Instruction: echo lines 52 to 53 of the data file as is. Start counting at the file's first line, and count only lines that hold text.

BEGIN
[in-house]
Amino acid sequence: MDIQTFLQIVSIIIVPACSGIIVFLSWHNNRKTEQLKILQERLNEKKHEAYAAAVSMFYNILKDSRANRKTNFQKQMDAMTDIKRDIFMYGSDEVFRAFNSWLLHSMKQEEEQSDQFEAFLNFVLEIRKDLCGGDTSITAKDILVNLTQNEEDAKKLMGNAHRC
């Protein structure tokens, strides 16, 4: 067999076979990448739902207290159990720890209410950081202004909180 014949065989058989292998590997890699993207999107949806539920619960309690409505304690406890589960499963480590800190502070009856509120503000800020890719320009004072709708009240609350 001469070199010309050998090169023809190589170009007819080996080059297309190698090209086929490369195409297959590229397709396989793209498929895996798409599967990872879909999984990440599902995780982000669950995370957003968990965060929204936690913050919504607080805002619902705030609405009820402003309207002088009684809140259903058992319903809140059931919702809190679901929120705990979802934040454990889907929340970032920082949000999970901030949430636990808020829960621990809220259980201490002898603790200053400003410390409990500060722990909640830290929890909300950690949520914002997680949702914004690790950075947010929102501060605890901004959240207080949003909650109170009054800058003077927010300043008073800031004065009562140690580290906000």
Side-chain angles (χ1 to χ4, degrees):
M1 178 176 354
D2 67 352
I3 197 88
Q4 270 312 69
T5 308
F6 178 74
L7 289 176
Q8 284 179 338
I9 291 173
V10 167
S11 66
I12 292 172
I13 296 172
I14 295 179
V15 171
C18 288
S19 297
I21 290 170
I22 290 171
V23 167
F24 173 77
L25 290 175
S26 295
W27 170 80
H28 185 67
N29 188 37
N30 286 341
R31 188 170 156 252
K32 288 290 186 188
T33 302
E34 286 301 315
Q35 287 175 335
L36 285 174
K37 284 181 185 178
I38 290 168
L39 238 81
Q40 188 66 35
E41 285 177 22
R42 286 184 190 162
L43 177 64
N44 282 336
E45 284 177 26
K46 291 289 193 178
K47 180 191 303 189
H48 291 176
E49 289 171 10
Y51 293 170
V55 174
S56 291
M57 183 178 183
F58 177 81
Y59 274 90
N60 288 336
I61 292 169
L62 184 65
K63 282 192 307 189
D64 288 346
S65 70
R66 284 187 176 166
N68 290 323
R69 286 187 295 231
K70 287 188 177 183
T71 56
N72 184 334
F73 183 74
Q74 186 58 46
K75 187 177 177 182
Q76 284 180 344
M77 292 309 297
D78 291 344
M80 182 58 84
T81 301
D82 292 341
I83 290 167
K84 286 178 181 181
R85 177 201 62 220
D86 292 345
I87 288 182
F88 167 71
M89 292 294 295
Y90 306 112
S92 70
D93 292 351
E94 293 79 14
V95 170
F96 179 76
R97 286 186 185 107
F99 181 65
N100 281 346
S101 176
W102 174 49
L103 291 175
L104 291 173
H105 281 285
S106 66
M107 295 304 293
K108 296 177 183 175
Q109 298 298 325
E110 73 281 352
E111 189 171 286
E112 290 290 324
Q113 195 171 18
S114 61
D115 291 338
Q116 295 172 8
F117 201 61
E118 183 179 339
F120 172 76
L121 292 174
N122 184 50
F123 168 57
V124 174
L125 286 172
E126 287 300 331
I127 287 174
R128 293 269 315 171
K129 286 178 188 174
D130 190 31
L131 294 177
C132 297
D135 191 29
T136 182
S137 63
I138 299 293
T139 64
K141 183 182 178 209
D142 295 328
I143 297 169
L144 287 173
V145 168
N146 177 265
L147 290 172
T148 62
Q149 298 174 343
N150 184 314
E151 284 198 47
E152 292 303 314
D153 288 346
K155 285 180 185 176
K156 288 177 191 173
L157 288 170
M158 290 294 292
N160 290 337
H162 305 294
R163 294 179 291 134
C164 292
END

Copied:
V55 174
S56 291